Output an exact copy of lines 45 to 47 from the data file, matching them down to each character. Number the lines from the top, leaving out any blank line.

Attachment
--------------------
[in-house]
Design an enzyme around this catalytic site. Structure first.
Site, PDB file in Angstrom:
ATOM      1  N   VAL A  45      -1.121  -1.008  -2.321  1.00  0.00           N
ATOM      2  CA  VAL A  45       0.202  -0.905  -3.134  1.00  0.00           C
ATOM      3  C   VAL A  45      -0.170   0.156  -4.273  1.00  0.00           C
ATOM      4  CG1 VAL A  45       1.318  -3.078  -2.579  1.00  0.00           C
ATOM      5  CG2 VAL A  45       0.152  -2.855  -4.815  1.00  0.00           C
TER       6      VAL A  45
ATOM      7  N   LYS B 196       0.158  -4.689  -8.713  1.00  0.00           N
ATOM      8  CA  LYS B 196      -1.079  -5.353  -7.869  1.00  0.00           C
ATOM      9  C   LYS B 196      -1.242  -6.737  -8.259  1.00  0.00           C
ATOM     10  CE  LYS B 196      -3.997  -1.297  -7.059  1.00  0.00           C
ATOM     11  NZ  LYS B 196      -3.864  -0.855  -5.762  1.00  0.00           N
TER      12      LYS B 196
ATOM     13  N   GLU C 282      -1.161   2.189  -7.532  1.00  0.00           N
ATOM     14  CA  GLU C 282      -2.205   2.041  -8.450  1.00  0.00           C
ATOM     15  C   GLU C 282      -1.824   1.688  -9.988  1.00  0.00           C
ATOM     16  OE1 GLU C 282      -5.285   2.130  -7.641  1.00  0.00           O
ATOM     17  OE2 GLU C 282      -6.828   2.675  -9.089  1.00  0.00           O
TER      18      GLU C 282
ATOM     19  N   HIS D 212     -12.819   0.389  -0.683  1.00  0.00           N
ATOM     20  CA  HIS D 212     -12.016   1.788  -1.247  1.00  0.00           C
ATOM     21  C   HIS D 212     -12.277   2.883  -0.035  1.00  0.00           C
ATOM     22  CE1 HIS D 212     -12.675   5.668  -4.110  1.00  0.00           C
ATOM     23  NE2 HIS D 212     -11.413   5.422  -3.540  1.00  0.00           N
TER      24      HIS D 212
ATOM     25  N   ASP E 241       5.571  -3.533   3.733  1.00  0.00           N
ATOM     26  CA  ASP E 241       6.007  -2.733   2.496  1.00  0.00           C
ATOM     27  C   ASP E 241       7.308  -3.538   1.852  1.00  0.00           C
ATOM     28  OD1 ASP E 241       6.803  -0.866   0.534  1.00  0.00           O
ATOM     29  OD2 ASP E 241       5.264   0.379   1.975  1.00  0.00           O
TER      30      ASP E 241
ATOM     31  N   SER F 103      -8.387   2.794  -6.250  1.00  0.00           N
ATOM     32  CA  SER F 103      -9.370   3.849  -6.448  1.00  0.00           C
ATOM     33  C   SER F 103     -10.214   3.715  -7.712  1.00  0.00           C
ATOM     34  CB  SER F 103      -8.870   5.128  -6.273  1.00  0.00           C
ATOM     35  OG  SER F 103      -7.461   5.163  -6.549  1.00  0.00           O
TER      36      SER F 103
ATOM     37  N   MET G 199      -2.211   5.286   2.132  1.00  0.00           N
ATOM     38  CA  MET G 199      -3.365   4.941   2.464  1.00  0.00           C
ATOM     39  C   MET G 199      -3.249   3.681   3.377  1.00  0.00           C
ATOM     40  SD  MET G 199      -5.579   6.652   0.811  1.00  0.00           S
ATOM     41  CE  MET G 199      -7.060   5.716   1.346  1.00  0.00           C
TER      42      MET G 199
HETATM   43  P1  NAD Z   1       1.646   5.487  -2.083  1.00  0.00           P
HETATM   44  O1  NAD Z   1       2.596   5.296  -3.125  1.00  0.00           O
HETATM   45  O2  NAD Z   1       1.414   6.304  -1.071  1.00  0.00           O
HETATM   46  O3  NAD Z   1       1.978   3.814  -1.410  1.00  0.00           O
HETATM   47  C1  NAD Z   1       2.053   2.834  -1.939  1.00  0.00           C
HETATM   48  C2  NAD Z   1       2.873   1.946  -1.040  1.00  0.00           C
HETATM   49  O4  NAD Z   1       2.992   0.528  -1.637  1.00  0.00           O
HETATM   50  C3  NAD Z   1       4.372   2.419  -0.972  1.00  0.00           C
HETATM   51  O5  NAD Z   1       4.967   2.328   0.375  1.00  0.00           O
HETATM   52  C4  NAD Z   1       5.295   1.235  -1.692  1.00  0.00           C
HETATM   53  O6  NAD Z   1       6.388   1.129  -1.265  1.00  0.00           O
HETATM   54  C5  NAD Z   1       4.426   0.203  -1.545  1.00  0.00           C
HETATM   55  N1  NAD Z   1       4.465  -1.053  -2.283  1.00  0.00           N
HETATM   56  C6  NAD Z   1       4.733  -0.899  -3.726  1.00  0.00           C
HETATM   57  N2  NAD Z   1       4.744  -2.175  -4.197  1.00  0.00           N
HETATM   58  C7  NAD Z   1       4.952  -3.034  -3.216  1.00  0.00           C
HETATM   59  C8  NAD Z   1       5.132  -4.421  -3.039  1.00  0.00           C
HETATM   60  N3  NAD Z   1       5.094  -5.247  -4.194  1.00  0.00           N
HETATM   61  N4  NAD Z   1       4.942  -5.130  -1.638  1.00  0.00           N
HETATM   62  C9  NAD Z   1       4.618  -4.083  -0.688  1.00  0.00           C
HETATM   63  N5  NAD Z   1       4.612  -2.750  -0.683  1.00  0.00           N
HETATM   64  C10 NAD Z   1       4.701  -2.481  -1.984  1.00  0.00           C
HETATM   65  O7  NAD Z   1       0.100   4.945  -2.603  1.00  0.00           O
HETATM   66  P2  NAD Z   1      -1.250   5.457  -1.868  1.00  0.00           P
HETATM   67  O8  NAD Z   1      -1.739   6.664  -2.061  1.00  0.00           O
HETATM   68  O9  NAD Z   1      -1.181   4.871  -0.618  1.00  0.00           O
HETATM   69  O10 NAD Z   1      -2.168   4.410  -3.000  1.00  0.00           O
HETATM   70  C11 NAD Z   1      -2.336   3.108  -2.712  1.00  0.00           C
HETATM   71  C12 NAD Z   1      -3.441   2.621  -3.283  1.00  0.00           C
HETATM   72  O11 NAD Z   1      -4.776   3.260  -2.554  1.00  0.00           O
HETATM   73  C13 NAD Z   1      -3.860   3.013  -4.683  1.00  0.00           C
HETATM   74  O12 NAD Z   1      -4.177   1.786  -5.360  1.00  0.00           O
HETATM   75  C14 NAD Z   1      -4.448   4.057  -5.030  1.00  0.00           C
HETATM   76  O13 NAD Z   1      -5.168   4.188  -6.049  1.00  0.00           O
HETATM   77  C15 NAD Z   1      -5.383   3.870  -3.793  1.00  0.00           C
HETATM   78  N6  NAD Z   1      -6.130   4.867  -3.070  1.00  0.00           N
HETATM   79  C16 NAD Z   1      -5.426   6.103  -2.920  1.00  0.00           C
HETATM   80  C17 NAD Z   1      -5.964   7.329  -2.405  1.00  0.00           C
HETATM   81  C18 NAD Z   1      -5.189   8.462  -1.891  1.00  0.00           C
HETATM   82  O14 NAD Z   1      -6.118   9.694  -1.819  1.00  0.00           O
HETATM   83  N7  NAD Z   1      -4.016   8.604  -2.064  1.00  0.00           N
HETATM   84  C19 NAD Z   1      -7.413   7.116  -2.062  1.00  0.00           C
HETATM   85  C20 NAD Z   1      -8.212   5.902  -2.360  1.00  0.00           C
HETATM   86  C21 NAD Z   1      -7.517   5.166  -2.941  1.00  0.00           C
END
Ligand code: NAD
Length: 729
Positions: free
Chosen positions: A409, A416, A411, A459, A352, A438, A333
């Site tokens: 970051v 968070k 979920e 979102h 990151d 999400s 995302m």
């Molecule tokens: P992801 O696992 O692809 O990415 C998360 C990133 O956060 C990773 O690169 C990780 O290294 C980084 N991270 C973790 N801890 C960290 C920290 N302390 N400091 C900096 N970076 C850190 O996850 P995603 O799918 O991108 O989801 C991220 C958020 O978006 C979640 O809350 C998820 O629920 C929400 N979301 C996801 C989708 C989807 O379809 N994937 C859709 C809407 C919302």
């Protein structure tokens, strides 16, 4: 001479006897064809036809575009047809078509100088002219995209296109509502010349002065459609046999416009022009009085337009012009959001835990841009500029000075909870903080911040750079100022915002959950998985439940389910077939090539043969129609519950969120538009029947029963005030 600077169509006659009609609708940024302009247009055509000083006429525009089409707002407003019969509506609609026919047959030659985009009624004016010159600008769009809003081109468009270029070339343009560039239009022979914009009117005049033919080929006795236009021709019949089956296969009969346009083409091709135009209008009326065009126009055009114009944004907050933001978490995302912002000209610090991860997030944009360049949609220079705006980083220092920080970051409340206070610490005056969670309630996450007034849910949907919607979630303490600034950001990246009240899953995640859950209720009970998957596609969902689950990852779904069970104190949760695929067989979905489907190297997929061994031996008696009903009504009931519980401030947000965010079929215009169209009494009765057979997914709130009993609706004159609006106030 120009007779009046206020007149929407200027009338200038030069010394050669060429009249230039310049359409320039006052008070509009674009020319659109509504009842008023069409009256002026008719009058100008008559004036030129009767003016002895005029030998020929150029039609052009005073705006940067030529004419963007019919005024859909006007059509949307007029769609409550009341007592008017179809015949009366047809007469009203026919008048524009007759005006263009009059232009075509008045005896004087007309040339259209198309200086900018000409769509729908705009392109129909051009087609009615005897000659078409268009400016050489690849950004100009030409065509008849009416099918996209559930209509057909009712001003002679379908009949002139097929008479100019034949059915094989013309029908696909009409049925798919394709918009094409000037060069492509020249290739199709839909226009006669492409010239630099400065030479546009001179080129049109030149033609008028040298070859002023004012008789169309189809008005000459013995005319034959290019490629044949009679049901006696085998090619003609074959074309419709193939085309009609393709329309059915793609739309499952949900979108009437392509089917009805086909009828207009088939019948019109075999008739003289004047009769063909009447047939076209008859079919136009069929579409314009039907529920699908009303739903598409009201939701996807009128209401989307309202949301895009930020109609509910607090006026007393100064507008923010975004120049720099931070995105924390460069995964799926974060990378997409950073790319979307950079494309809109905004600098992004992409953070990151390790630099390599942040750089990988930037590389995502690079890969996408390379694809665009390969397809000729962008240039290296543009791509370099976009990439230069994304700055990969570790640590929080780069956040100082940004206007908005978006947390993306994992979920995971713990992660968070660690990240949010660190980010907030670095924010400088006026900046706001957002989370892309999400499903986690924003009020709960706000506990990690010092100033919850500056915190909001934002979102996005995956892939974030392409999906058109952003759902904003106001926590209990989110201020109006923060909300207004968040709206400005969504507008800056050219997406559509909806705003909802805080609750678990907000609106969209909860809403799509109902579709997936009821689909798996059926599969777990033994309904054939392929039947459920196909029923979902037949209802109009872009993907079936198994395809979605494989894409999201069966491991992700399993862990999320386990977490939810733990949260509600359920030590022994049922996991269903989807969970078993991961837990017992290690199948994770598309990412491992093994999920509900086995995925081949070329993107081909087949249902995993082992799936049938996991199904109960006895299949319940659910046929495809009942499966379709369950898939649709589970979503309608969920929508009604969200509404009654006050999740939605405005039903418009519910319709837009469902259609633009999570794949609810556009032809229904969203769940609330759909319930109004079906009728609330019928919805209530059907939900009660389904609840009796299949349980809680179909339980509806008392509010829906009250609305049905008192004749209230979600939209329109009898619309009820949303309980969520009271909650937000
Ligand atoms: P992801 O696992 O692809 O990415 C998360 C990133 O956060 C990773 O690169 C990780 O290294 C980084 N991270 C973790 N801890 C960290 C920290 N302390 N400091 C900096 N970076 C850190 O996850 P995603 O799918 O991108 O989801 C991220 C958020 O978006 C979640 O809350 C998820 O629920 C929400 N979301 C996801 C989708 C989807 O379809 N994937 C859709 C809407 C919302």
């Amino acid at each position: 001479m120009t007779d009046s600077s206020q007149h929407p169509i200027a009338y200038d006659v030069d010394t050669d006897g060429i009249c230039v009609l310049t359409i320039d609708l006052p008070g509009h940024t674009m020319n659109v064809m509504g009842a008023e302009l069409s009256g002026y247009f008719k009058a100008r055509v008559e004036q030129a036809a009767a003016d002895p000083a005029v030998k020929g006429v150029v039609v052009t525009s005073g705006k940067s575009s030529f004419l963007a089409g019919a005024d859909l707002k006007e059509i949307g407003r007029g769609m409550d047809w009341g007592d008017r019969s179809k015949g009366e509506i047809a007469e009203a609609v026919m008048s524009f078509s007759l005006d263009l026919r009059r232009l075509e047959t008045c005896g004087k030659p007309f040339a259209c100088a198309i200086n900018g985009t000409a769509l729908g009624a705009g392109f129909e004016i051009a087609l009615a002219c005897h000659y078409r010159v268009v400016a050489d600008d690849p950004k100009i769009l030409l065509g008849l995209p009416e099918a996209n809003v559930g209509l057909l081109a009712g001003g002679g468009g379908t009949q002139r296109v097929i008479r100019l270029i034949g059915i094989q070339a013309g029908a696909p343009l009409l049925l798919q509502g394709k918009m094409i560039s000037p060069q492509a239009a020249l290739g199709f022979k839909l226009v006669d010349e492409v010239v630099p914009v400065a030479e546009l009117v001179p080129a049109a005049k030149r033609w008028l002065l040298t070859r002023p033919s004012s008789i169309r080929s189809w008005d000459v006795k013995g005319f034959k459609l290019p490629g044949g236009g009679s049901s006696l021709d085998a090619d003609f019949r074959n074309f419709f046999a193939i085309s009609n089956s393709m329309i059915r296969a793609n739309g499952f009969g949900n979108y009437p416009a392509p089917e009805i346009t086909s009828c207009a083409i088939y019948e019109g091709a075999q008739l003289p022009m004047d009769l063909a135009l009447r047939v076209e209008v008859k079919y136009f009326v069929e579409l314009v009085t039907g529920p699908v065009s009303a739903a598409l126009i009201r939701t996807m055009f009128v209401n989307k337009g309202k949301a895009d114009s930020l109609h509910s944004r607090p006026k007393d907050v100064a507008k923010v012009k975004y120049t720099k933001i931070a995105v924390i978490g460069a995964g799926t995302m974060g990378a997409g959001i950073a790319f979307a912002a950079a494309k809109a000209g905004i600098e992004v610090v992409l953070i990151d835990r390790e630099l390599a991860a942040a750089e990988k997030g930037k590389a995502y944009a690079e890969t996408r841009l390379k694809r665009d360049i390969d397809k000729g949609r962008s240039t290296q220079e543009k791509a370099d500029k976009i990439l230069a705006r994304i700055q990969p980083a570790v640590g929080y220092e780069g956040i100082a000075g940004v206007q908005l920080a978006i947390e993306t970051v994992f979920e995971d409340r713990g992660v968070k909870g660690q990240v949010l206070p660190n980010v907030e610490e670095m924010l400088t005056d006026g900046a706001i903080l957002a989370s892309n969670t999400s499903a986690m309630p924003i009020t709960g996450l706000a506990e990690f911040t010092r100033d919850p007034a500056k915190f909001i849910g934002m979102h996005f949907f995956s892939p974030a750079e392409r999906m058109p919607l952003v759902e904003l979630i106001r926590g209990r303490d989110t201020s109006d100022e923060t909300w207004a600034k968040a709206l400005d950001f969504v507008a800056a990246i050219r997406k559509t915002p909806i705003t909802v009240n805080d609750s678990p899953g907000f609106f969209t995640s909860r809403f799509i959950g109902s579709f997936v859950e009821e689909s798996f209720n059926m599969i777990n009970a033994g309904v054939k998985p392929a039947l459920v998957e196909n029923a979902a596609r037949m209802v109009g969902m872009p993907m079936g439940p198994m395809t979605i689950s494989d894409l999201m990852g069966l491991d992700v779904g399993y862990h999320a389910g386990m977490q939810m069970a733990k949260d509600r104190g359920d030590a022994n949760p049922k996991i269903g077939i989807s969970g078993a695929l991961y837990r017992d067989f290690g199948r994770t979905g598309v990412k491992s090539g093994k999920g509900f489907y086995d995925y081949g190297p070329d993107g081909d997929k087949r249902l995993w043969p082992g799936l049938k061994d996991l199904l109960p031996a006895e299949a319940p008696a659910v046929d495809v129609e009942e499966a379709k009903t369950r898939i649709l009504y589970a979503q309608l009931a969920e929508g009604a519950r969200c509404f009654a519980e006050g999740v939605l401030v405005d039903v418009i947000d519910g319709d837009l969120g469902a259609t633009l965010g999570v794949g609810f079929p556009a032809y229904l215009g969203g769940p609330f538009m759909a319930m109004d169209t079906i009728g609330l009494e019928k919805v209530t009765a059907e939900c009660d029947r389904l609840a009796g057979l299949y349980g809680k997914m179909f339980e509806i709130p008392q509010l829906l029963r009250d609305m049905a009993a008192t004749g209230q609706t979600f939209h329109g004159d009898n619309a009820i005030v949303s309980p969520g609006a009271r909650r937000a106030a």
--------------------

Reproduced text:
TER      42      MET G 199
HETATM   43  P1  NAD Z   1       1.646   5.487  -2.083  1.00  0.00           P
HETATM   44  O1  NAD Z   1       2.596   5.296  -3.125  1.00  0.00           O